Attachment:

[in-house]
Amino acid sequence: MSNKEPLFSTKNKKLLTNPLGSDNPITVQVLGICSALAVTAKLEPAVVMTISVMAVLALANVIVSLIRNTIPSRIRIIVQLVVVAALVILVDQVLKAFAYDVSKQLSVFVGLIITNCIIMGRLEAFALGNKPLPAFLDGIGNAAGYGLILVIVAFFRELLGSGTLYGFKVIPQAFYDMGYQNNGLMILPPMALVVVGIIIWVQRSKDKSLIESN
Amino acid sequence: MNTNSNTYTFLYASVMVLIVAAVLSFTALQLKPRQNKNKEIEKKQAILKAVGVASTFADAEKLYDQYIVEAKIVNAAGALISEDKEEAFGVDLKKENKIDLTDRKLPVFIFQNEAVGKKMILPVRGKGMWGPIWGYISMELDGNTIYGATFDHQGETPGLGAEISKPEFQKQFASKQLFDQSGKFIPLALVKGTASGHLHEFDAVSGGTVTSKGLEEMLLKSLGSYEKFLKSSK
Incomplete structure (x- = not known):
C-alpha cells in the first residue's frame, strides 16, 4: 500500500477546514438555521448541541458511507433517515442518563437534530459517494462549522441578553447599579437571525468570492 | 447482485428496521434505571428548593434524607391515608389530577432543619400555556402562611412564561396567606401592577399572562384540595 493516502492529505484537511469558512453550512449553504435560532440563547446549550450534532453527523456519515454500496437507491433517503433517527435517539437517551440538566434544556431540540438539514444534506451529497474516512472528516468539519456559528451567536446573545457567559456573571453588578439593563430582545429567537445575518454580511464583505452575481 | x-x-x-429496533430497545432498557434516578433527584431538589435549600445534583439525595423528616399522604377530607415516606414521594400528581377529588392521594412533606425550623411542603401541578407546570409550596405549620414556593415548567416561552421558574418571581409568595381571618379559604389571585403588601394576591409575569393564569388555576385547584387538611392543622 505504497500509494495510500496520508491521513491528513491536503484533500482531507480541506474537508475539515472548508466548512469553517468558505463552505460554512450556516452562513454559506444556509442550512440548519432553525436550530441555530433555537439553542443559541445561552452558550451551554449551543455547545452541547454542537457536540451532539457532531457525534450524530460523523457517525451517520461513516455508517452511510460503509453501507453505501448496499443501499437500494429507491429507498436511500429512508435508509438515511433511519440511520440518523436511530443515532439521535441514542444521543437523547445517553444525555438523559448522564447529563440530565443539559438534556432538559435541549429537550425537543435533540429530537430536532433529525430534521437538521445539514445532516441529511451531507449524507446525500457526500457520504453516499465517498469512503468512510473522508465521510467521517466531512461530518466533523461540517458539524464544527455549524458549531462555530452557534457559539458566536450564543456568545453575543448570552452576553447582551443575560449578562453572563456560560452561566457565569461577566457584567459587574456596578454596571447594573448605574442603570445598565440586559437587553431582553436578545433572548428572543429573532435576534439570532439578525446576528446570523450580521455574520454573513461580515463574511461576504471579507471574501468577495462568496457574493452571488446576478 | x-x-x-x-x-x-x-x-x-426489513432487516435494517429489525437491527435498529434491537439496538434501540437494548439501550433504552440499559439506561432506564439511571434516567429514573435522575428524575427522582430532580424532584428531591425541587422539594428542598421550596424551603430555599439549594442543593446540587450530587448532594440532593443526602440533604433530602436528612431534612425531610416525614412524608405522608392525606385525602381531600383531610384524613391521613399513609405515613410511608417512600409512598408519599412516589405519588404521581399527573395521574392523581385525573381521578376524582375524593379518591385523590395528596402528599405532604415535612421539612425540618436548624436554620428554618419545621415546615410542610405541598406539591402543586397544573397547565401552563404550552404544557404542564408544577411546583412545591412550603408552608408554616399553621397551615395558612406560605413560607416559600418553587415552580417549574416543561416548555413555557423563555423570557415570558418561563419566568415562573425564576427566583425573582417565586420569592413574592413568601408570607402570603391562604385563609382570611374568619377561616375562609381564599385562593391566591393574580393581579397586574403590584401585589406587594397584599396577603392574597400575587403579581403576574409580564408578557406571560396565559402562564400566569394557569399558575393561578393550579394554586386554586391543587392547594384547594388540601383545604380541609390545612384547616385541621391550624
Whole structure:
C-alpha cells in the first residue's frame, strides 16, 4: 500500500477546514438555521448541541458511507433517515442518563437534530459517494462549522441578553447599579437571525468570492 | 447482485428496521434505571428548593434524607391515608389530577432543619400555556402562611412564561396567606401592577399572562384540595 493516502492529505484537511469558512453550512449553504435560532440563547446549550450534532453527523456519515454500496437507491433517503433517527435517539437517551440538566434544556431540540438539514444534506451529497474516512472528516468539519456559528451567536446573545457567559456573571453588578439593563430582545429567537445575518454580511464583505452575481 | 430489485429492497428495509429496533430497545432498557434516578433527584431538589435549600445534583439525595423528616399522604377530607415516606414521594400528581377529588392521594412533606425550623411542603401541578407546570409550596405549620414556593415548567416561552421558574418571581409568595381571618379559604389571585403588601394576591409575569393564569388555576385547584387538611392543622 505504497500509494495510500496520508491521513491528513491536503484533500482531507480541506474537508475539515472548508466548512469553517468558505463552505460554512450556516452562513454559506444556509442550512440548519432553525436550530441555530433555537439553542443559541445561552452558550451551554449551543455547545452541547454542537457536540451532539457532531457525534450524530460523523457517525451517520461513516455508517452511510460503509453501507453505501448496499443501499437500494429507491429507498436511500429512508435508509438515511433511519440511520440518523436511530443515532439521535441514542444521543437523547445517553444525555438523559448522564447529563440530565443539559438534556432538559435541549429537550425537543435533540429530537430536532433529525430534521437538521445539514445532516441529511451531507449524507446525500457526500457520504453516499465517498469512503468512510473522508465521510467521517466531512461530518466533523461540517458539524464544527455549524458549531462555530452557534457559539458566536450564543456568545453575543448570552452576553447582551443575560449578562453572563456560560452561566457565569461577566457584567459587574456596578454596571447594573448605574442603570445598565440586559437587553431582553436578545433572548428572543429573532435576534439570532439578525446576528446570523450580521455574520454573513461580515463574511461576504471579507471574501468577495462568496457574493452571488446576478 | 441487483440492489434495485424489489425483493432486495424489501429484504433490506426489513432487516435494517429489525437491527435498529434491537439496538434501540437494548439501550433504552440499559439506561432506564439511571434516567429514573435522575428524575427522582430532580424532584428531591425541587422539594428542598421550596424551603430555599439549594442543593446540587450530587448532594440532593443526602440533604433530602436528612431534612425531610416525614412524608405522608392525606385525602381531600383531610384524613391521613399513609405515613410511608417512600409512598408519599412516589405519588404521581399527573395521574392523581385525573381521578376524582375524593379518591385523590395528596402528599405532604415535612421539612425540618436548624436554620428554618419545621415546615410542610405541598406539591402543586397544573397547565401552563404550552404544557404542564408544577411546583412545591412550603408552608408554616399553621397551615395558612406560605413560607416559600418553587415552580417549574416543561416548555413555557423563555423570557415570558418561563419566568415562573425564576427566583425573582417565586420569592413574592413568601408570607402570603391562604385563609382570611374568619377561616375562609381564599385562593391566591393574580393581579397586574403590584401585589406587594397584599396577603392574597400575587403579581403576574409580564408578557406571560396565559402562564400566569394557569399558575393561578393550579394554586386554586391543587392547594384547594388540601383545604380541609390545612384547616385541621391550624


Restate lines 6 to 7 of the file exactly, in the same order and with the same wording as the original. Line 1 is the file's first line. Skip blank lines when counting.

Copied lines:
Whole structure:
C-alpha cells in the first residue's frame, strides 16, 4: 500500500477546514438555521448541541458511507433517515442518563437534530459517494462549522441578553447599579437571525468570492 | 447482485428496521434505571428548593434524607391515608389530577432543619400555556402562611412564561396567606401592577399572562384540595 493516502492529505484537511469558512453550512449553504435560532440563547446549550450534532453527523456519515454500496437507491433517503433517527435517539437517551440538566434544556431540540438539514444534506451529497474516512472528516468539519456559528451567536446573545457567559456573571453588578439593563430582545429567537445575518454580511464583505452575481 | 430489485429492497428495509429496533430497545432498557434516578433527584431538589435549600445534583439525595423528616399522604377530607415516606414521594400528581377529588392521594412533606425550623411542603401541578407546570409550596405549620414556593415548567416561552421558574418571581409568595381571618379559604389571585403588601394576591409575569393564569388555576385547584387538611392543622 505504497500509494495510500496520508491521513491528513491536503484533500482531507480541506474537508475539515472548508466548512469553517468558505463552505460554512450556516452562513454559506444556509442550512440548519432553525436550530441555530433555537439553542443559541445561552452558550451551554449551543455547545452541547454542537457536540451532539457532531457525534450524530460523523457517525451517520461513516455508517452511510460503509453501507453505501448496499443501499437500494429507491429507498436511500429512508435508509438515511433511519440511520440518523436511530443515532439521535441514542444521543437523547445517553444525555438523559448522564447529563440530565443539559438534556432538559435541549429537550425537543435533540429530537430536532433529525430534521437538521445539514445532516441529511451531507449524507446525500457526500457520504453516499465517498469512503468512510473522508465521510467521517466531512461530518466533523461540517458539524464544527455549524458549531462555530452557534457559539458566536450564543456568545453575543448570552452576553447582551443575560449578562453572563456560560452561566457565569461577566457584567459587574456596578454596571447594573448605574442603570445598565440586559437587553431582553436578545433572548428572543429573532435576534439570532439578525446576528446570523450580521455574520454573513461580515463574511461576504471579507471574501468577495462568496457574493452571488446576478 | 441487483440492489434495485424489489425483493432486495424489501429484504433490506426489513432487516435494517429489525437491527435498529434491537439496538434501540437494548439501550433504552440499559439506561432506564439511571434516567429514573435522575428524575427522582430532580424532584428531591425541587422539594428542598421550596424551603430555599439549594442543593446540587450530587448532594440532593443526602440533604433530602436528612431534612425531610416525614412524608405522608392525606385525602381531600383531610384524613391521613399513609405515613410511608417512600409512598408519599412516589405519588404521581399527573395521574392523581385525573381521578376524582375524593379518591385523590395528596402528599405532604415535612421539612425540618436548624436554620428554618419545621415546615410542610405541598406539591402543586397544573397547565401552563404550552404544557404542564408544577411546583412545591412550603408552608408554616399553621397551615395558612406560605413560607416559600418553587415552580417549574416543561416548555413555557423563555423570557415570558418561563419566568415562573425564576427566583425573582417565586420569592413574592413568601408570607402570603391562604385563609382570611374568619377561616375562609381564599385562593391566591393574580393581579397586574403590584401585589406587594397584599396577603392574597400575587403579581403576574409580564408578557406571560396565559402562564400566569394557569399558575393561578393550579394554586386554586391543587392547594384547594388540601383545604380541609390545612384547616385541621391550624